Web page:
The root of some serious health problems can start with your teeth.
“There’s such a big link now between dental health and other medical problems,” said Dr. Jill Omori, Director of the Office of Medical Education at the John A. Burns School of Medicine. Dr. Omori points to issues traced back to oral health, like diabetes, heart disease, and pregnancy complications. “There’s a higher rate of pre-term births when you have poor dentition, so these things are essential for our students to understand,” she said.
Thanks to a $2.25 million endowment from Hawaii Dental Service, JABSOM will integrate oral health into its curriculum more than ever before. JABSOM used part of the endowment to establish its first oral health director. Dr. Matthew Oishi started in the role in late January.
“He’s going to create a four-year curriculum plan for oral health,” Dr. Omori said. “Whether it’s integrating more with our Problem-Based Learning cases, providing new lectures or hands-on workshops, and working with students at H.O.M.E. Clinic at least once a week, where he can work clinically with them to help them with oral assessments.”
Dr. Oishi currently serves as a public health dentist at Kokua Kalihi Valley, providing education to New York University dental residents. He also works as a community dentist at Lānaʻi Community Health Center. Dr. Omori said his education and public health background was a perfect fit for JABSOM because they share the same approach to care and he also has the opportunity to provide on-the-spot training at H.O.M.E. (Houseless Outreach and Medical Education) Project clinics.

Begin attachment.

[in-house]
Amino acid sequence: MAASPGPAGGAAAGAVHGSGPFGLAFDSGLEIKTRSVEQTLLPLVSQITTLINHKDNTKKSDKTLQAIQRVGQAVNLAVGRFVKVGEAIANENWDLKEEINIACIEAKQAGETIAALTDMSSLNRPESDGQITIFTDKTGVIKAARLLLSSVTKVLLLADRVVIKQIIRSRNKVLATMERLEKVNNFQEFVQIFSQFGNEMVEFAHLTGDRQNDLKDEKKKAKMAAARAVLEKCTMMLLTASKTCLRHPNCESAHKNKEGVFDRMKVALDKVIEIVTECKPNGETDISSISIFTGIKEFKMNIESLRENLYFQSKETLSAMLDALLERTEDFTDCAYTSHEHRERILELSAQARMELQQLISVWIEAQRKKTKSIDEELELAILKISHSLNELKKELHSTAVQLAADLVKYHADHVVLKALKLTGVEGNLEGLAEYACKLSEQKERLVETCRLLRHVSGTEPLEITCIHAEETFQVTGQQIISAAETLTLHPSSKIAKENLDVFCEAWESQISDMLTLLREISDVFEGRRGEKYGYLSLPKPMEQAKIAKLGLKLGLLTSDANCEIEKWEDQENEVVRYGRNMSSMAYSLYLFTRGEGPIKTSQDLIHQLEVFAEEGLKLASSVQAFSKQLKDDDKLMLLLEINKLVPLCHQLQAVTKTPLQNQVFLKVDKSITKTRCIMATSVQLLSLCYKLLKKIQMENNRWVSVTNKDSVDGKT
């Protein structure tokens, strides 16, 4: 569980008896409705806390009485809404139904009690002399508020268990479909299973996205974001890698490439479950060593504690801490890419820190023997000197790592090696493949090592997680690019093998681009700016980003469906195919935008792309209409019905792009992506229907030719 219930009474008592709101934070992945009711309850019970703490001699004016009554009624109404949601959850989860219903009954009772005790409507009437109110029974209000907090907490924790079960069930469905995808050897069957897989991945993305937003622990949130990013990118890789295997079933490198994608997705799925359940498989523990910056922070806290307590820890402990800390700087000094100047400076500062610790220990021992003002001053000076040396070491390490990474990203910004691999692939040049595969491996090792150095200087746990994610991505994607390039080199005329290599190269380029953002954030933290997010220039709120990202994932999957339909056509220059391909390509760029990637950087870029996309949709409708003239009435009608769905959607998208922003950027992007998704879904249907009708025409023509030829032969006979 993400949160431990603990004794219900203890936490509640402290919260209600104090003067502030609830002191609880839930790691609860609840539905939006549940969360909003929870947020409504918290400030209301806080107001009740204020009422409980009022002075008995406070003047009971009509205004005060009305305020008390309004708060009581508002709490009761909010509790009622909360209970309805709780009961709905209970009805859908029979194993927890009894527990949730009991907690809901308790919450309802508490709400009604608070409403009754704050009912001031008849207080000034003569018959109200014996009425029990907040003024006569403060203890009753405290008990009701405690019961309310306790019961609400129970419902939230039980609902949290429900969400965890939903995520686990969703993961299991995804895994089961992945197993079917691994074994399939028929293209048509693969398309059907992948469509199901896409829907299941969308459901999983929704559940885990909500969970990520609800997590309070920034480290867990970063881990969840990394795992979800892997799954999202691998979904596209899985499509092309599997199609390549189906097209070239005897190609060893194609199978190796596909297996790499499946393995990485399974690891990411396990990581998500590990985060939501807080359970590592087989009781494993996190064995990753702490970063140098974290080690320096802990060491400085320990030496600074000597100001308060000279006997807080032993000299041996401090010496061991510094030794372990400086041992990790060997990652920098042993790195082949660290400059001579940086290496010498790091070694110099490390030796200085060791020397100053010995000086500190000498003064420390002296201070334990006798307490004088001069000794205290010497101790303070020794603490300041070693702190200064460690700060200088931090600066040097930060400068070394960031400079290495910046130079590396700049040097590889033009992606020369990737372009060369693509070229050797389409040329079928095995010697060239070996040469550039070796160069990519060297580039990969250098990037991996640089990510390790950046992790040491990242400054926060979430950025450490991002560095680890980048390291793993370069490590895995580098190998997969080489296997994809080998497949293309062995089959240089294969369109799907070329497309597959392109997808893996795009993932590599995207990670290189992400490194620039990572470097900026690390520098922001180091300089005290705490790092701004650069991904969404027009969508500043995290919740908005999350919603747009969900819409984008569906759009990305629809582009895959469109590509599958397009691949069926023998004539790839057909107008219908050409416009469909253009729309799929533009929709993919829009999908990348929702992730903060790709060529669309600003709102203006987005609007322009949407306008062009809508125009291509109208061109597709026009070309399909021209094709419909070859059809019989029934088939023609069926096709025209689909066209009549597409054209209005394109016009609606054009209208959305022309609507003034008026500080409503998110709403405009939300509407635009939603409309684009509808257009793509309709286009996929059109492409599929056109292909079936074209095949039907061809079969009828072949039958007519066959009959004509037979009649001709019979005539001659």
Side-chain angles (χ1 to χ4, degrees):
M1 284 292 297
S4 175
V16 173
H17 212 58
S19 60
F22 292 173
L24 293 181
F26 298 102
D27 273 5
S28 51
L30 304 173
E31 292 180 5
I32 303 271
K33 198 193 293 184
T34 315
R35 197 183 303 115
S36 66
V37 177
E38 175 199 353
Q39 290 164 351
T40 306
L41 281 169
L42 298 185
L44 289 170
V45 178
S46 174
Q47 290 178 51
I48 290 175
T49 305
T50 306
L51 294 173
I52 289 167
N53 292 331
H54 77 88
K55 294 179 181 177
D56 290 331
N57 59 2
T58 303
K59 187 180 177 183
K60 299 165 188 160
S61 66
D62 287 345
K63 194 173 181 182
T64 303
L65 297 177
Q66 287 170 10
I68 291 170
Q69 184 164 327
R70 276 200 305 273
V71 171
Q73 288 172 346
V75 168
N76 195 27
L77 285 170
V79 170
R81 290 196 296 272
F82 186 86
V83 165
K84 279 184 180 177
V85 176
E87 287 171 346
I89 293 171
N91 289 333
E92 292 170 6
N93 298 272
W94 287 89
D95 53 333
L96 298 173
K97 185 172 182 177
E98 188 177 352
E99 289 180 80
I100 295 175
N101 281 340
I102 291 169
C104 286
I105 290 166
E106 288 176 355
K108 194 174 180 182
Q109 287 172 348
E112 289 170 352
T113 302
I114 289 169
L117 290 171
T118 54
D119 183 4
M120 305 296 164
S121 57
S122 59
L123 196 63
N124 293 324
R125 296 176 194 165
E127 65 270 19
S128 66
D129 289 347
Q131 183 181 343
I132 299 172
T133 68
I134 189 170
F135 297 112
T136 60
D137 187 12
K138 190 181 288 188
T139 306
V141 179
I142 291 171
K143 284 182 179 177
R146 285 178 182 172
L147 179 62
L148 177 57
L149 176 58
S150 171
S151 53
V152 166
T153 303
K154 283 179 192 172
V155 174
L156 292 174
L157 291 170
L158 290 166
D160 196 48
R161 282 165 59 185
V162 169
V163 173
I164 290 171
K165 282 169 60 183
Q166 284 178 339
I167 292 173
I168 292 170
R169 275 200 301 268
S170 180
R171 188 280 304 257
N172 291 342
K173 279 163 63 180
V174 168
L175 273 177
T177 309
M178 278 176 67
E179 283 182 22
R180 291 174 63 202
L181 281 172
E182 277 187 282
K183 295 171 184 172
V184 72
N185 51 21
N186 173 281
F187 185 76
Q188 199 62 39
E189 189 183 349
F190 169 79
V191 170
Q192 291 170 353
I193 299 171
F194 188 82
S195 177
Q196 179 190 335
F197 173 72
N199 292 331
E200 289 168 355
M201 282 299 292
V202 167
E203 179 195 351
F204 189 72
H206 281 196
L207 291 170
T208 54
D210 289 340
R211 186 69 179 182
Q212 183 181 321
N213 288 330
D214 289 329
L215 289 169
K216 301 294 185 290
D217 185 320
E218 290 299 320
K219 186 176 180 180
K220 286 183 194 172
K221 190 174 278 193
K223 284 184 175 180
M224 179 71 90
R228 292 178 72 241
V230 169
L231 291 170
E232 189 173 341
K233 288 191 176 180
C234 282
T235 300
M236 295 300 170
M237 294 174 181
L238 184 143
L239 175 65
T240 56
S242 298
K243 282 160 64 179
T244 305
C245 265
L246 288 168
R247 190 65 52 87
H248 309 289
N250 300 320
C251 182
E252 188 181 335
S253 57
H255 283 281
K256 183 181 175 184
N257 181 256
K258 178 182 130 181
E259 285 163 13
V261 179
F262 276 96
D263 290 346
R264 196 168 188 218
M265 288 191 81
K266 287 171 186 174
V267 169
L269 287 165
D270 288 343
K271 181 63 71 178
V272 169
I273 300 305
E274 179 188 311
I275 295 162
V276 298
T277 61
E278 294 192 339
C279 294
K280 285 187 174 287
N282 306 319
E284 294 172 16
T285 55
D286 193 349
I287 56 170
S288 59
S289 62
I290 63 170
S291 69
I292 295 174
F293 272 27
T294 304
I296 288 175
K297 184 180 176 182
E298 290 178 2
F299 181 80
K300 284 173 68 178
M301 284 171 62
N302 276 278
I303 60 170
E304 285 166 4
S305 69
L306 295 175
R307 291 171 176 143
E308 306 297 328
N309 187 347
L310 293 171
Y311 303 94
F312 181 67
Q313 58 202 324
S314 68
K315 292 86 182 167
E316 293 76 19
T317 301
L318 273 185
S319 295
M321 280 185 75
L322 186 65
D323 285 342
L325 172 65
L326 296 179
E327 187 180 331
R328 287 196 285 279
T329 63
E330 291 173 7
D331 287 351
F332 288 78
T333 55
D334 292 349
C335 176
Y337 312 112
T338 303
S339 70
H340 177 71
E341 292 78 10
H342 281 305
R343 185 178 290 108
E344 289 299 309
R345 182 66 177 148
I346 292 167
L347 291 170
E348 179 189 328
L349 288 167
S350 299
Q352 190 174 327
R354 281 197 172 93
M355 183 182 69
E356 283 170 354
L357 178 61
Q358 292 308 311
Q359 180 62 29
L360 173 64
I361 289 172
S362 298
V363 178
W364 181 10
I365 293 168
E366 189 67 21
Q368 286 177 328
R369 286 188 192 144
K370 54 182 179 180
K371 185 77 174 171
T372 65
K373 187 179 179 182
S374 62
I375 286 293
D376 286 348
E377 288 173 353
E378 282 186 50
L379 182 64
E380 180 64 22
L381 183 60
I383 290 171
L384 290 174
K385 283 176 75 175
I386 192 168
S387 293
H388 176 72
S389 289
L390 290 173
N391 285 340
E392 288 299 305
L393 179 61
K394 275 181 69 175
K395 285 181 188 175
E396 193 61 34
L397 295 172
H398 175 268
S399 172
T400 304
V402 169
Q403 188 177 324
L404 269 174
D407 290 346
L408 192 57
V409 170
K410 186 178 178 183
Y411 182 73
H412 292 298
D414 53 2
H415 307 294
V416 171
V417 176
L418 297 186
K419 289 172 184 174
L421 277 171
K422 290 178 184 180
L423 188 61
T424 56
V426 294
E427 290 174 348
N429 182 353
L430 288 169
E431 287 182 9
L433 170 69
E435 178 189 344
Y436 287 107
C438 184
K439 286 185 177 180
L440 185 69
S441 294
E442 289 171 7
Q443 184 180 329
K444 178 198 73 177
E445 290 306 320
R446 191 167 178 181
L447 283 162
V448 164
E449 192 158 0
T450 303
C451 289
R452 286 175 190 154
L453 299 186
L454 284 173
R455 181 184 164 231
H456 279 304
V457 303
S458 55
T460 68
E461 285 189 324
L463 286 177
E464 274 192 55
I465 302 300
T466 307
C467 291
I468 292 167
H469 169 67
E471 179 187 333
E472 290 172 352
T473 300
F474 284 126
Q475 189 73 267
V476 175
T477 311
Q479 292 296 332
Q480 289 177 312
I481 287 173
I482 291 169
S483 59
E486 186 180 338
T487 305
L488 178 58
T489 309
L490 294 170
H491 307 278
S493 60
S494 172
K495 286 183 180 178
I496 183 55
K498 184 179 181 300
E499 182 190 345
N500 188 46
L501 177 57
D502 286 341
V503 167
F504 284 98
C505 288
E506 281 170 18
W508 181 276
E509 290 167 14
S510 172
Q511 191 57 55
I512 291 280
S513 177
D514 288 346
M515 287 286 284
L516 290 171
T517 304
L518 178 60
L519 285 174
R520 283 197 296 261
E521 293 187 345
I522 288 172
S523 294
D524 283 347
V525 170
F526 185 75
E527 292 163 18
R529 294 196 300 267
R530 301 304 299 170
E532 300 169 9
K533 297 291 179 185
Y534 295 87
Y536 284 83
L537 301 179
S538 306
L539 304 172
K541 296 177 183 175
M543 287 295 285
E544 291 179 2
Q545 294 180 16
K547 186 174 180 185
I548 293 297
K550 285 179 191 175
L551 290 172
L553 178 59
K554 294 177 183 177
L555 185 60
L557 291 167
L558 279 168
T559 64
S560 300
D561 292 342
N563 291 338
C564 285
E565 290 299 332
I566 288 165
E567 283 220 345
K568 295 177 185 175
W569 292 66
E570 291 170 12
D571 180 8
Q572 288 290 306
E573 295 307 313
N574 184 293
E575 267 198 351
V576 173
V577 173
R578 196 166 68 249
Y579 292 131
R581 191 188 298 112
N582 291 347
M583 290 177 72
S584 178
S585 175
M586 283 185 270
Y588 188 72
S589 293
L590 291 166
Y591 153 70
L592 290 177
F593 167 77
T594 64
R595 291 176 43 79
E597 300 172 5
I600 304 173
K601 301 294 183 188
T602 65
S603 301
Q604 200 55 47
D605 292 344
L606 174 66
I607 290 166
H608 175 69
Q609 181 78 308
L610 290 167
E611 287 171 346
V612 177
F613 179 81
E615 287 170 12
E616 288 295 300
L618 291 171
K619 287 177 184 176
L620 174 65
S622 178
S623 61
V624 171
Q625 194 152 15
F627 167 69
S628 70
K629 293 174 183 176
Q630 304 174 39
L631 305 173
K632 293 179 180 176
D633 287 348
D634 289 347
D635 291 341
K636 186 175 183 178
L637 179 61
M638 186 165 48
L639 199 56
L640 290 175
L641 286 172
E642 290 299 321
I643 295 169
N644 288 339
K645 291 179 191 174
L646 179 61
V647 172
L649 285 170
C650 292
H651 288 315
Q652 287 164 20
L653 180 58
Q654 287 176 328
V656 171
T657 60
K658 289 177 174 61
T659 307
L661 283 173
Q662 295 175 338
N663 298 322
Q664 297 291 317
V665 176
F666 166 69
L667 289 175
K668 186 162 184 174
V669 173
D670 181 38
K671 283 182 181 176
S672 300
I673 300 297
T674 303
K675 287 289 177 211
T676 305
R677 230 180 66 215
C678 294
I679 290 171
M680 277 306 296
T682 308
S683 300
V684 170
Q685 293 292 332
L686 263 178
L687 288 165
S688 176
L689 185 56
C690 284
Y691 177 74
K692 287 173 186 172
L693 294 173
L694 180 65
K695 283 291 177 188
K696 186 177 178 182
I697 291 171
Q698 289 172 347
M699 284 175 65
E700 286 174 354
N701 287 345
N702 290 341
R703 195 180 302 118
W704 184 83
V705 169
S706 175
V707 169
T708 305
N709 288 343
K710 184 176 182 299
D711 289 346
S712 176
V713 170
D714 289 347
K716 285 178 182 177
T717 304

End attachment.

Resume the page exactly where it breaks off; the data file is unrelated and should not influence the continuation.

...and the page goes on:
“From the H.O.M.E. Project’s standpoint, dental care is one of our biggest needs for our patients. Not only to be able to provide training for our students, but to be able to provide care for our patients is a big thing,” Dr. Omori said.
JABSOM’s mission is to have learners see patients as a “whole,” and Dr. Mark Sweet, HDS dental director, said the addition of Dr. Oishi is another step toward that goal.
“Oral health is a critical component of whole person health. Training medical professionals in oral health care helps them better understand this connection. We are creating a more comprehensive healthcare system that delivers better outcomes for patients.”
Dr. Omori agreed and gave real-world examples of how Dr. Oishi’s impact will be felt not only by students absorbing the new oral health curriculum but the patients who receive the care at the H.O.M.E. clinics.
“For a lot of our patients, it might start off as a simple gum infection,” Dr. Omori said. “If it’s not treated or dealt with, it can grow into a big abscess, and we’ve seen our patients get facial cellulitis just from a tooth abscess. To be able to identify when that is happening and what to do about it is going to be very important for our students.”
In the coming year, JABSOM also hopes to collaborate with the University of Hawaiʻi Nancy Atmospera-Walch School of Nursingʻs dental hygiene program to incorporate students into the H.O.M.E. clinic to work with the medical students.